Four or five companies are working on genetically modified varieties, according to John Keeling, executive vice president of the US-based National Potato Council.
The potato council will put together a task force this fall that will try to determine the best way to handle the reintroduction of genetically modified spuds into the marketplace without disrupting commerce, Keeling said.
"We will look at what other commodities have done such as wheat, corn soybeans and how they have handled these kinds of issues," he said.
The first goal is to ensure that any GM potato varieties introduced into the United States are also accepted by processors and most major export markets.
The industry wants to avoid a repeat of the introduction of Monsanto's New Leaf potato in the mid-1990s. While none of the varieties is ready for commercial release yet, the industry wants to be prepared.
The new varieties are expected to include a combination of traits said Keeling, which are insect-and disease-resistant: and some of the varieties may include reduced levels of acrylamide.
Many farmers welcomed the New Leaf potato with its built-in protection against the Colorado potato beetle and some potato viruses. However, it failed to gain acceptance in some key markets, including the French fry industry, and was ultimately scrapped.
In 2001, Japan recalled millions of dollars worth of snack food products containing dehydrated GM potatoes. A costly US dehydrated potato export testing program was launched in response.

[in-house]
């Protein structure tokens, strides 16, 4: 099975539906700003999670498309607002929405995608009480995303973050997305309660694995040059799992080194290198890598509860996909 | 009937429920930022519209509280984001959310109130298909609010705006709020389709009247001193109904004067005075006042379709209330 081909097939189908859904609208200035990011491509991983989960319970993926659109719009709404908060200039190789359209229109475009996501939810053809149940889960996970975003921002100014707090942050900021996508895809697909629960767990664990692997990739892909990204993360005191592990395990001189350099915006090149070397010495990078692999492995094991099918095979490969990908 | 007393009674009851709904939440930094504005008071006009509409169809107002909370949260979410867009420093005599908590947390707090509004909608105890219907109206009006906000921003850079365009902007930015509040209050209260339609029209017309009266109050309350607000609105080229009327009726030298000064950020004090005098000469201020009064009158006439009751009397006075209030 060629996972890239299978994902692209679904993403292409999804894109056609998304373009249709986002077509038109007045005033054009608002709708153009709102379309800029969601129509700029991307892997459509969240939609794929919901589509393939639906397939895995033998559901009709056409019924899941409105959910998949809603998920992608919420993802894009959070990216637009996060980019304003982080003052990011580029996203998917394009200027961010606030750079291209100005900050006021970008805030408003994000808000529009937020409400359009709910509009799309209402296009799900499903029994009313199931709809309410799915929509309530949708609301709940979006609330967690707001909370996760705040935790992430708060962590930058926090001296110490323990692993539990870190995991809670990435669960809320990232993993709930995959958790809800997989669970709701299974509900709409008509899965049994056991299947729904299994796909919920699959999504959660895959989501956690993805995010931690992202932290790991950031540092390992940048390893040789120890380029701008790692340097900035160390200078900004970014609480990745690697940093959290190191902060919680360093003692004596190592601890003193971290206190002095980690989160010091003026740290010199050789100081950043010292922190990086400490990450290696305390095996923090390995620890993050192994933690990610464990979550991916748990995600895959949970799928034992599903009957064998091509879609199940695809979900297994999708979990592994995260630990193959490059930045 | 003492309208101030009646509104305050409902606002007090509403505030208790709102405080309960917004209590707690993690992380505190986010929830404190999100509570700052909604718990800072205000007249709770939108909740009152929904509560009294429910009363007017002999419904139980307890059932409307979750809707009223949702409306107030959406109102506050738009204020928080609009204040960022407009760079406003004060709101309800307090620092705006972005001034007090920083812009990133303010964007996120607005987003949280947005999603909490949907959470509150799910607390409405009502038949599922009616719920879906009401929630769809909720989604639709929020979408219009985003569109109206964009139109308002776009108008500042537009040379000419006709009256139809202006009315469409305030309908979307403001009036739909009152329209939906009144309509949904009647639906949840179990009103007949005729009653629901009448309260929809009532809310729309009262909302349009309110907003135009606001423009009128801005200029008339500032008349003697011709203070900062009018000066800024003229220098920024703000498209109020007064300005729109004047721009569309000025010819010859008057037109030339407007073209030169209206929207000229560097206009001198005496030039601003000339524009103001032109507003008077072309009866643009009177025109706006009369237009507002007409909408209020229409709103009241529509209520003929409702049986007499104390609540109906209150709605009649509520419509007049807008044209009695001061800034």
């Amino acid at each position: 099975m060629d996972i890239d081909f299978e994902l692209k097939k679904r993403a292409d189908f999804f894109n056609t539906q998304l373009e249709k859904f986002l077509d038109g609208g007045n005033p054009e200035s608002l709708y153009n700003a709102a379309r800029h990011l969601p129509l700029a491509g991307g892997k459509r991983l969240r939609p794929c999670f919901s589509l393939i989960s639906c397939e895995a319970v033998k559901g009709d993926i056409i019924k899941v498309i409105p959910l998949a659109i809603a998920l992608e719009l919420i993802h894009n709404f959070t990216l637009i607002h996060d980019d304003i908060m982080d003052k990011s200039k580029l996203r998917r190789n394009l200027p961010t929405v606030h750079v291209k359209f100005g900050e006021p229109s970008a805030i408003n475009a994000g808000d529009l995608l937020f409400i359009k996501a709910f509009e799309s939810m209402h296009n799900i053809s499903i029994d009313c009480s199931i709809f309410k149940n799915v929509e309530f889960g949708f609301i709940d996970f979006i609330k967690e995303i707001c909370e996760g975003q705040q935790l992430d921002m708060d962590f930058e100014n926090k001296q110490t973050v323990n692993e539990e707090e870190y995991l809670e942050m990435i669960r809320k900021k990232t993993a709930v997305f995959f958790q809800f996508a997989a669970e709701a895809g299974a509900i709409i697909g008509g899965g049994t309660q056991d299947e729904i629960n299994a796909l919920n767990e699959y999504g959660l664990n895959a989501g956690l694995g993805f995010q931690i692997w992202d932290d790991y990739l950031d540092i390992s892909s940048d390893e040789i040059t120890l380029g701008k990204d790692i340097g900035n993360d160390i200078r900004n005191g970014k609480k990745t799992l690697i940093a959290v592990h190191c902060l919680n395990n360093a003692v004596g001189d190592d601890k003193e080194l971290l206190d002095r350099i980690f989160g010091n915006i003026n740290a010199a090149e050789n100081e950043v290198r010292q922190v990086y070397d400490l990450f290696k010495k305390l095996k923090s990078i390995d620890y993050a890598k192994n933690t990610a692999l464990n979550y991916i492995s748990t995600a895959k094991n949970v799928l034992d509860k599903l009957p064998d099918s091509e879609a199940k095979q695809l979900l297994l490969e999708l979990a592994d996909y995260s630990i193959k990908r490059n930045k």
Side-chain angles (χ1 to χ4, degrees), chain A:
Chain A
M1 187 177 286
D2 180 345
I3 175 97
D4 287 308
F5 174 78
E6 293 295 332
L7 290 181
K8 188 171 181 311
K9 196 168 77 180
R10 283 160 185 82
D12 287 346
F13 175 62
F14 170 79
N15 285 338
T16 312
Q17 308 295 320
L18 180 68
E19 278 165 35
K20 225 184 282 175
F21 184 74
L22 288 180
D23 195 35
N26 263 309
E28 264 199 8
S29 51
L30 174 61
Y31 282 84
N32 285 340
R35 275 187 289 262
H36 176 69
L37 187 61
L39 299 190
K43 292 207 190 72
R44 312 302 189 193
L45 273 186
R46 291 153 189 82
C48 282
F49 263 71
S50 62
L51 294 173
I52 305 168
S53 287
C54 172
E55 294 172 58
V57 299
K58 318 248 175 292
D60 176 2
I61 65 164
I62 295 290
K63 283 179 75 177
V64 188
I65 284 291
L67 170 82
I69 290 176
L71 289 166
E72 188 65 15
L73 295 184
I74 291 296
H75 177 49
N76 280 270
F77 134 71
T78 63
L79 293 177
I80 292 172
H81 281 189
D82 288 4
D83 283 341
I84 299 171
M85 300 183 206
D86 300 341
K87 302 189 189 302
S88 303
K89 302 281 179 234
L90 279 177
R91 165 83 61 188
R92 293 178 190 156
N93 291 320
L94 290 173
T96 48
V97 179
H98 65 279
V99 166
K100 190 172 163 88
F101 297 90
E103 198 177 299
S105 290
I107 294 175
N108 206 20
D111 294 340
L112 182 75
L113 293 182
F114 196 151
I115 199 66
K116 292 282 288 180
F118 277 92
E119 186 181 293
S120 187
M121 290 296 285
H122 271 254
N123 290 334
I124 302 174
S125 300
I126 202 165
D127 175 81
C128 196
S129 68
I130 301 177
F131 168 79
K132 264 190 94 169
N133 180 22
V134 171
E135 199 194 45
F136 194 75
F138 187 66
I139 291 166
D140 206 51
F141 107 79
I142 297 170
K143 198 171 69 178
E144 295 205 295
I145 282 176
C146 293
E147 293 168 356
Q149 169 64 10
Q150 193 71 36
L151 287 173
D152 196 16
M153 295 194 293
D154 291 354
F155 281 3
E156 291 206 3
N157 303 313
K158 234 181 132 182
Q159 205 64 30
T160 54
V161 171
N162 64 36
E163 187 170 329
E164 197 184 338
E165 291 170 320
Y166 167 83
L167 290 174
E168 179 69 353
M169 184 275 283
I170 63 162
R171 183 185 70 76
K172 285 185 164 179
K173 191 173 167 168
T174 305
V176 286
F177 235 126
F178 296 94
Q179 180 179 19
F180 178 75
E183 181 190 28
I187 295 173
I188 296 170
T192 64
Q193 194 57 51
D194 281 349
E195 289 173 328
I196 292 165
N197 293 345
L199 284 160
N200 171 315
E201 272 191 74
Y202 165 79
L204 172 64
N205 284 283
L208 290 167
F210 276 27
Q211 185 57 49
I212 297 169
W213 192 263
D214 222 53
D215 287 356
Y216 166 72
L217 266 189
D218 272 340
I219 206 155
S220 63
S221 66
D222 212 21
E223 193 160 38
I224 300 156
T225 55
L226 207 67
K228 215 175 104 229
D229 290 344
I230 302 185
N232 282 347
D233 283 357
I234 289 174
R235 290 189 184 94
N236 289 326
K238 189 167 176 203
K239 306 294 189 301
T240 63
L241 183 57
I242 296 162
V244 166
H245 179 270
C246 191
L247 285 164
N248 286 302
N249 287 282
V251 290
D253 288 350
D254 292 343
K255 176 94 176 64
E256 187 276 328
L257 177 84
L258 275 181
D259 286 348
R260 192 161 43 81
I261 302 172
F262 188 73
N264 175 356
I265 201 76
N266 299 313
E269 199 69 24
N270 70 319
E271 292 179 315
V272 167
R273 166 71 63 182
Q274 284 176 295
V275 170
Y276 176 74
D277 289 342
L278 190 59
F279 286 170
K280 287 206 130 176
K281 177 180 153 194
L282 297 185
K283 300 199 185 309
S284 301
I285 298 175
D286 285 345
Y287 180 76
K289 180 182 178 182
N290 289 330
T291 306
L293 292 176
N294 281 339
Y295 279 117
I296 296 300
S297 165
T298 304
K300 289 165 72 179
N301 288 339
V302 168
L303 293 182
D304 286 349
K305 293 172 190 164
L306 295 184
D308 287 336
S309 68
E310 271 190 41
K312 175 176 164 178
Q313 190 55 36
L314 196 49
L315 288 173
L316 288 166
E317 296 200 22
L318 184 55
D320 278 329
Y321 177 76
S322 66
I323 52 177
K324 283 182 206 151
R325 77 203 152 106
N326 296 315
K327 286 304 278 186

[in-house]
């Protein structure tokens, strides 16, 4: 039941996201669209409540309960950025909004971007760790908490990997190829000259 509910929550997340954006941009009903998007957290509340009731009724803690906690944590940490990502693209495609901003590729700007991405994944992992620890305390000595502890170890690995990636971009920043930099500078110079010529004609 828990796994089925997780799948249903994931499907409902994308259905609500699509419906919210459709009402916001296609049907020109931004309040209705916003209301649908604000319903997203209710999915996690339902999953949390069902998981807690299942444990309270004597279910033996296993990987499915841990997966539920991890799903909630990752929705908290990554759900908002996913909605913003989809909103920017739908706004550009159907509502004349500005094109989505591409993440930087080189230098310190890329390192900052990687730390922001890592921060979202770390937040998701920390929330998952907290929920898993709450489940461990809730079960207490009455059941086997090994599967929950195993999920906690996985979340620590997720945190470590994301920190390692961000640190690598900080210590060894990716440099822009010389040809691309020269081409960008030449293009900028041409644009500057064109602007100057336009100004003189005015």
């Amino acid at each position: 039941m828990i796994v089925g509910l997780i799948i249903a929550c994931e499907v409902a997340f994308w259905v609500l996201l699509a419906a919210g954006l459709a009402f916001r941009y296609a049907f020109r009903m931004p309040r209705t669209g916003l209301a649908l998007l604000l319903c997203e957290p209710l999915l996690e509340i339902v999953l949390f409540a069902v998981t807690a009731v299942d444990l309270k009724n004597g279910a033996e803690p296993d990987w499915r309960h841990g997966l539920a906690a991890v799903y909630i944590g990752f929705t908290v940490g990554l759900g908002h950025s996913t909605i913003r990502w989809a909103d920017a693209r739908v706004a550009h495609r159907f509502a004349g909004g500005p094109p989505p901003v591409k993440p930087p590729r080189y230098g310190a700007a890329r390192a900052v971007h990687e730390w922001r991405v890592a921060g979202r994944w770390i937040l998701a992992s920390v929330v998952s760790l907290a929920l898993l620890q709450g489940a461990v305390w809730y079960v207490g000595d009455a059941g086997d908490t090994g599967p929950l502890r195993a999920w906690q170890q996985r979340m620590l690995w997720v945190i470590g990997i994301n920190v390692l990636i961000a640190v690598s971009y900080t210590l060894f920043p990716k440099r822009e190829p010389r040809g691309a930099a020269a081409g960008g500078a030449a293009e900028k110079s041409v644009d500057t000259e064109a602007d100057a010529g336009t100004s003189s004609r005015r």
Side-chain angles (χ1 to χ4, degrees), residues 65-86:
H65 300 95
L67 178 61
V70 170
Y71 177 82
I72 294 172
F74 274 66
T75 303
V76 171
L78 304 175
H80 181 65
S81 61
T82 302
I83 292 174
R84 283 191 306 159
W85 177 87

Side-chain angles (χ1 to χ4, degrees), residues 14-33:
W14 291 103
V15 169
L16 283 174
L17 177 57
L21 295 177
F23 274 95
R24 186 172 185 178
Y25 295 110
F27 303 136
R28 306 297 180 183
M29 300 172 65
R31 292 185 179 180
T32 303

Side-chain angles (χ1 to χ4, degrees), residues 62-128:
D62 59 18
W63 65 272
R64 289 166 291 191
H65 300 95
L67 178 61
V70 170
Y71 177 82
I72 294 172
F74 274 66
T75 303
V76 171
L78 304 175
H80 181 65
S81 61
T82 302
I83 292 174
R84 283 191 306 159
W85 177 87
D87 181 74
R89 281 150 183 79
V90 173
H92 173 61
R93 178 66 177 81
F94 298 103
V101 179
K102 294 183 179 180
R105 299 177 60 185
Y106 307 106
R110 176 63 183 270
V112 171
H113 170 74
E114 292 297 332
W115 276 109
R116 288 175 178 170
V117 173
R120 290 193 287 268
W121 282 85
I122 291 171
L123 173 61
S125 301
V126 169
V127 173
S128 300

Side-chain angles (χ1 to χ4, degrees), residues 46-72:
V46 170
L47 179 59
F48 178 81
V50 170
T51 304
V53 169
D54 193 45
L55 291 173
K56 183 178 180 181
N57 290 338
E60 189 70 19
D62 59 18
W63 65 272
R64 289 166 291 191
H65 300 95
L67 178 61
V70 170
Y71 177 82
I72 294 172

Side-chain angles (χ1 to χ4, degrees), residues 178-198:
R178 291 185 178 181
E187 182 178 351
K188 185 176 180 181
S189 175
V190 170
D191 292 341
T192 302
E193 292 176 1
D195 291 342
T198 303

Because some countries, such as Japan, still don't allow genetically modified potato products, it's likely that the U.S. industry will have to segregate GM and non-GM potatoes -- something that it didn't do the first time around.
What level of segregation and testing will be necessary at the dehydrated potato level to retain those markets is something that the industry will have to consider, Keeling said.
It will likely be a few more years before any of the GM varieties under development are released and grown commercially.
"None of these has gone to the USDA for formal regulatory approval as far as we know," Keeling said. "That's going to take time."
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